2. Give Them What They Don't Have

Another way of approaching the process of making a job more interesting is to look at it from the perspective of the potential volunteers. What is it, for example, that they want out of this volunteer job that they aren't getting from their current paid job?

A study of volunteers at three social service organisations tested the hypothesis that some people volunteer in order to satisfy needs that are not currently being met in their paid employment.

The findings indicated that volunteers whose regular paid employment failed to satisfy their needs for psychological growth tended to be more satisfied with volunteering when it could satisfy those growth needs.

The study's conclusion was particularly intriguing: "The present study suggests that volunteers who perceive their paying jobs as relatively unfulfilling should be asked to do the more challenging work."

This would suggest that volunteer motivation could be improved by first analysing potential volunteer's attitudes toward their current job to identify deficiencies and then structuring volunteer assignments to fill the gaps. Variables that might be examined would include whether the paid job is worthwhile, interesting, satisfying, diverse, flexible, and allowed for such factors as social interaction, expression of leadership skills, etc. Sample questions which could be used during the volunteer interview would include:

  • "What do you get out of your current job?"
  • "What do you not get to do sufficiently in your current job?"
  • "What would your ideal job look like?"
  • "What would you do in it, and what would you not do?"

The prospective volunteer would be encouraged to identify elements of a possible volunteer job that would meet motivational needs not currently being met in their life and particularly not being met in their paid work. It would then become important to make sure that the volunteer job provided this perceived need.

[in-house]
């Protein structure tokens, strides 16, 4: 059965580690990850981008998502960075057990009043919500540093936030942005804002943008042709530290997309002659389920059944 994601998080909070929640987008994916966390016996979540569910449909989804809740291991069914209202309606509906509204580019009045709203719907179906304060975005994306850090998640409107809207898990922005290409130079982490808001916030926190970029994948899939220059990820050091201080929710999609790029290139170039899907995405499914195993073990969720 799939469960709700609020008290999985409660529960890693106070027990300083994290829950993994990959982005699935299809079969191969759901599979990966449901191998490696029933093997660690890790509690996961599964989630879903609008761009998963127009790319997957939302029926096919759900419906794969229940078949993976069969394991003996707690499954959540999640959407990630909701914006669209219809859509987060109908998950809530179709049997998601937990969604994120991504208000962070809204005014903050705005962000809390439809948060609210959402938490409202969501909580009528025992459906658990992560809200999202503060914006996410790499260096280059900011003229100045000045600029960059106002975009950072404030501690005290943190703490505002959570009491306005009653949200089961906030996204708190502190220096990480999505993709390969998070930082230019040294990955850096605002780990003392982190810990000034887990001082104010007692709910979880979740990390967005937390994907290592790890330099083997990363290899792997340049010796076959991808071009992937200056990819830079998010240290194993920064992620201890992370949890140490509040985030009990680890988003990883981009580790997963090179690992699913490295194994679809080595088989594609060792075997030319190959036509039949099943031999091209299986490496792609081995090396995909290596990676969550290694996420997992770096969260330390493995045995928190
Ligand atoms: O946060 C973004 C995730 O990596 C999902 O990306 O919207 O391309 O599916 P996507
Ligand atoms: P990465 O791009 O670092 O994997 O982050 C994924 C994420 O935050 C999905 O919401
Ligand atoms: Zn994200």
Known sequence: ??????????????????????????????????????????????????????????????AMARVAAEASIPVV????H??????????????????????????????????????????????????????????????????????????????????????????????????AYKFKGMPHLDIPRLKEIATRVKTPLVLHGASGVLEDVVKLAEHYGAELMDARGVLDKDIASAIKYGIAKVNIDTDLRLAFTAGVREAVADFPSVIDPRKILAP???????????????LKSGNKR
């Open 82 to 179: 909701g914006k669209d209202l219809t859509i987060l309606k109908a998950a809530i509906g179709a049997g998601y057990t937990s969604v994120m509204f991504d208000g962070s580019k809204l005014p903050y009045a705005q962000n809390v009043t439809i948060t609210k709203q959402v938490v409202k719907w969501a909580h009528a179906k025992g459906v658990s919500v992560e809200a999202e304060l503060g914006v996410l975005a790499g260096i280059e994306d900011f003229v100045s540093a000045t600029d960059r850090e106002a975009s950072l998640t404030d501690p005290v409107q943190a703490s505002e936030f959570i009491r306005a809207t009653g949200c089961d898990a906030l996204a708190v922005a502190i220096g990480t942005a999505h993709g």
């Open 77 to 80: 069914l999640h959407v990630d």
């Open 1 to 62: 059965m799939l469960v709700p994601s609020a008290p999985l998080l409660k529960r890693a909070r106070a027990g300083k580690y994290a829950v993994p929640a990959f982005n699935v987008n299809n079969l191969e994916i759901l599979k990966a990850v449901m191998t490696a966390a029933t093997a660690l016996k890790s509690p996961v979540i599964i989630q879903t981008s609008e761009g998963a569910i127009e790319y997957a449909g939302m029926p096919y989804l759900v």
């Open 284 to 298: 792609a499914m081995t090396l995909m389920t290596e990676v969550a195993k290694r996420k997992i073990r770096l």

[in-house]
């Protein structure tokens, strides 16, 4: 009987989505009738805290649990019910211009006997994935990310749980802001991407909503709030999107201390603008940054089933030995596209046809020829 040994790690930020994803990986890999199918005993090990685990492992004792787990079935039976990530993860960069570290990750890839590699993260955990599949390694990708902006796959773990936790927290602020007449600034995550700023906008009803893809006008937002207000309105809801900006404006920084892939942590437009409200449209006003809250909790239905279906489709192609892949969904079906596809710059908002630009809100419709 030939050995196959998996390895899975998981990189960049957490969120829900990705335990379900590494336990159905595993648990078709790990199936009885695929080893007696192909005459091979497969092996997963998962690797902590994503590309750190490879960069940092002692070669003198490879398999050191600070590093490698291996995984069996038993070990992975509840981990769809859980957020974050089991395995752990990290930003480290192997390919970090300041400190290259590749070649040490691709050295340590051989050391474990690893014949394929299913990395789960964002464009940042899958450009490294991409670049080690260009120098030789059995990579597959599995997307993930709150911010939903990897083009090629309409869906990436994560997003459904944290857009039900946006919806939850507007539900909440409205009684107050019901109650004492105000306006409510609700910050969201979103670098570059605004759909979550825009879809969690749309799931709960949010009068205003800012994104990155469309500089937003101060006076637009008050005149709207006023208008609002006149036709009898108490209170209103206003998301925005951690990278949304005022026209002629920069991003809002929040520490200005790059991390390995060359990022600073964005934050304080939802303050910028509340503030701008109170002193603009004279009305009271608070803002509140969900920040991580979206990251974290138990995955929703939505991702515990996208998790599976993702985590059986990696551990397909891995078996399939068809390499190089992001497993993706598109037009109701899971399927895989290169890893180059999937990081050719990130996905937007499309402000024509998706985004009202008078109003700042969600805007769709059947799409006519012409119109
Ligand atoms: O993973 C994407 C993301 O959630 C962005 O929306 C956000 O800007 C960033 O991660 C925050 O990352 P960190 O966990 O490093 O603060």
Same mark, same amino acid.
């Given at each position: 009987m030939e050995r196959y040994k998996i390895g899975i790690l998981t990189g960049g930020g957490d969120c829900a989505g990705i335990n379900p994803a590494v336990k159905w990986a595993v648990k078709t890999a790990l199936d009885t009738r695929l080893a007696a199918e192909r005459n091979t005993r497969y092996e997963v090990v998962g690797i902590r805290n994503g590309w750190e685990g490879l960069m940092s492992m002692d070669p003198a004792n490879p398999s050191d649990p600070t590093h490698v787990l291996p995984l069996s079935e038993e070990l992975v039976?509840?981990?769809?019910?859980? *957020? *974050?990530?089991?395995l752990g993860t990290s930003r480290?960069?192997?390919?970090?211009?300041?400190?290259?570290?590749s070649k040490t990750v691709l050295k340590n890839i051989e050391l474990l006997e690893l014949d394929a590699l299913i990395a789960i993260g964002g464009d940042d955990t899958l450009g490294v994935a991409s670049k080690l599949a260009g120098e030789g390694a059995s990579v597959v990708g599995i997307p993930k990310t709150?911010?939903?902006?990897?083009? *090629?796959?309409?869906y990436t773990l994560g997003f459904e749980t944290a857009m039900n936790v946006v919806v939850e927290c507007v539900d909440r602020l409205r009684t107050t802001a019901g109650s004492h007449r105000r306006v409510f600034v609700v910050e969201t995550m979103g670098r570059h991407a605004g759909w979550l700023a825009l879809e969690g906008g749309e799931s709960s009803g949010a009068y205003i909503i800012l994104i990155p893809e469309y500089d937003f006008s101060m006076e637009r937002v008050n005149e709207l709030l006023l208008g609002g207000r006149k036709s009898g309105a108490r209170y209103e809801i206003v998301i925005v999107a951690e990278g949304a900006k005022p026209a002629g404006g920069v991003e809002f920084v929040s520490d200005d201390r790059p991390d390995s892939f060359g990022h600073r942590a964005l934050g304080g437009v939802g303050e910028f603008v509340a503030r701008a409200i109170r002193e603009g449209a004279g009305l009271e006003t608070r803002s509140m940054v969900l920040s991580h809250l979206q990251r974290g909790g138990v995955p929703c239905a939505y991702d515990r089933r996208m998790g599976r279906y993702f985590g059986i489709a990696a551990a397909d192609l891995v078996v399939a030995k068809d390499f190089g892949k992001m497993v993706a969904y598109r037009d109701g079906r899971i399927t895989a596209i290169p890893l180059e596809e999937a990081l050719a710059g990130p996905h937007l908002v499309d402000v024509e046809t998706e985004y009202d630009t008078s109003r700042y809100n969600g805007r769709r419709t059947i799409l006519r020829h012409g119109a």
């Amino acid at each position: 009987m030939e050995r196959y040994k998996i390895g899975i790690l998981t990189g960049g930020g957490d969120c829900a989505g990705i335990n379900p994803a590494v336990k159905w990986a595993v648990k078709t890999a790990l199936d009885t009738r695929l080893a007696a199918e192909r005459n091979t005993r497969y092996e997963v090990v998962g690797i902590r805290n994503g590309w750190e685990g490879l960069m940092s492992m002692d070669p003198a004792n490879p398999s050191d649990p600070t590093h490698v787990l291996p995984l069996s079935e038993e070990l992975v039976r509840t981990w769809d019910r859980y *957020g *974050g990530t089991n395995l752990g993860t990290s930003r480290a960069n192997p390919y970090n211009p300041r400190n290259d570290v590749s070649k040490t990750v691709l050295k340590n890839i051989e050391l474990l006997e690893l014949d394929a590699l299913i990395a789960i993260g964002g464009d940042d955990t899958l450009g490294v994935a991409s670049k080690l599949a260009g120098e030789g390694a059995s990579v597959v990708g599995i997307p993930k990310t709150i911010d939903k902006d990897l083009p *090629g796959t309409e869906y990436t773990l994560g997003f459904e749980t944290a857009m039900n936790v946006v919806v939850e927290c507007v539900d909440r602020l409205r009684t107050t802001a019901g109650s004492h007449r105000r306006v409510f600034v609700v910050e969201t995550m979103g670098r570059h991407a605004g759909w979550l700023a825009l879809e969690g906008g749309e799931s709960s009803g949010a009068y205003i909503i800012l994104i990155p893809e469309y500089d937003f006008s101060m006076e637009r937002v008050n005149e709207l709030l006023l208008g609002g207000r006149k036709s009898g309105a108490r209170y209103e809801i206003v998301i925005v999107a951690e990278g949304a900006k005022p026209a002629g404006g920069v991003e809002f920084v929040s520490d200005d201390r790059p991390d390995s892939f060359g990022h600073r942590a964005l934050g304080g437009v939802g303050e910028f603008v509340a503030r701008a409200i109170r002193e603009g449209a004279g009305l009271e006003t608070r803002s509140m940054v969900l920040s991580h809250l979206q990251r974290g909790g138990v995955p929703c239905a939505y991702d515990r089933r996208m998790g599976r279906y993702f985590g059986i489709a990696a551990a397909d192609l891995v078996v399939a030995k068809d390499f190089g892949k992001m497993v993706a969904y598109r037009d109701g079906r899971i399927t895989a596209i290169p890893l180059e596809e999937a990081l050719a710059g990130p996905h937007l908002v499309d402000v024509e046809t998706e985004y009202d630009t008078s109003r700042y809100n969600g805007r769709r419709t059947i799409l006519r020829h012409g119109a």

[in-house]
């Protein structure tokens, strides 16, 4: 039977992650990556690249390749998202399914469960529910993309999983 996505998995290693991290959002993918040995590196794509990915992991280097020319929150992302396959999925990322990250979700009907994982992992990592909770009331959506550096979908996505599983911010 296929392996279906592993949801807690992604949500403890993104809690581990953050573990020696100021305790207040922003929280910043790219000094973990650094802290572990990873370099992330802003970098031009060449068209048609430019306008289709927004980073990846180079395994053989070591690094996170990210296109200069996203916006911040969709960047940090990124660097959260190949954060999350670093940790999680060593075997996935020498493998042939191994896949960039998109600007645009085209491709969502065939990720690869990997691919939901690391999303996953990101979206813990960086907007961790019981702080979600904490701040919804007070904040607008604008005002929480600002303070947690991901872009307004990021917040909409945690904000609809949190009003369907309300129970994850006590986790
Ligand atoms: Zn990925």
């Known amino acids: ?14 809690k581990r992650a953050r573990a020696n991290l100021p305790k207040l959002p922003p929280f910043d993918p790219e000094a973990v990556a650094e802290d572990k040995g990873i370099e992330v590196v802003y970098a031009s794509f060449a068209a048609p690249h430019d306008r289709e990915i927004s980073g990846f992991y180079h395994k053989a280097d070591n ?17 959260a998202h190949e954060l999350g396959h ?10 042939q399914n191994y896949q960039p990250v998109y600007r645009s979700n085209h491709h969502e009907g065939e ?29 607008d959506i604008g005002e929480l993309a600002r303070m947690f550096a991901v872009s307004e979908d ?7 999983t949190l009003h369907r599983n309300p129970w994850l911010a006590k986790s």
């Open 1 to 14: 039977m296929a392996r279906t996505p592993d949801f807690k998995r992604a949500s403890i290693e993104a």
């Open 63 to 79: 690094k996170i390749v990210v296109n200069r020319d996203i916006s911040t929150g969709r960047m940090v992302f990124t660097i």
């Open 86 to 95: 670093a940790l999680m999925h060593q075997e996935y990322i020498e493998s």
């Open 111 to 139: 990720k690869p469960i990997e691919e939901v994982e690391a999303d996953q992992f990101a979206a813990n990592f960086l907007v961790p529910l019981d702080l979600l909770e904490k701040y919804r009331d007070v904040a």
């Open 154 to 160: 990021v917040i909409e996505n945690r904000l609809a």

3. Give Them a Good Time

Another way of thinking about more effective retention is to develop ways to let the volunteer have more "fun."

This is not quite as strange a notion as it might seem. It is suggested that one way to view volunteering is as a "leisure" activity—something which is done freely without expectation of monetary benefit. Volunteering and leisure have similar expected benefits: "People want to do something interesting, to achieve something, meet people, have fun, learn new things, be refreshed, and relax." All of these factors might be examined as aspects of volunteer jobs that could be strengthened.

Research suggests that the Volunteer Coordinator focus on four areas to take advantage of this relationship between leisure and volunteering:

  • The self-interest and recreational expectations of volunteers that might make volunteering more appealing to people.
  • Providing volunteer opportunities that will be perceived as worthy leisure.
  • Utilising the "recreational aspects" of volunteering as a technique for recruitment.
  • Matching a person's leisure expectations to potential outcomes associated with a volunteer experience. A survey alluded to earlier suggests that some aspects of leisure, such as enjoying activities conducted with one's social group, may be of particular significance in tapping this aspect of motivation.

Focusing Retention Efforts on Critical Points

One way to encourage volunteer retention is to focus on critical points in the volunteer's cycle of relationships with the organisation. There are two critical periods:

The First Six Months

Studies of volunteer retention have determined that the first six months experience of a volunteer is critical towards their retention. The greatest loss of volunteers occurs during this period, as volunteers resign or simply drift away and disappear.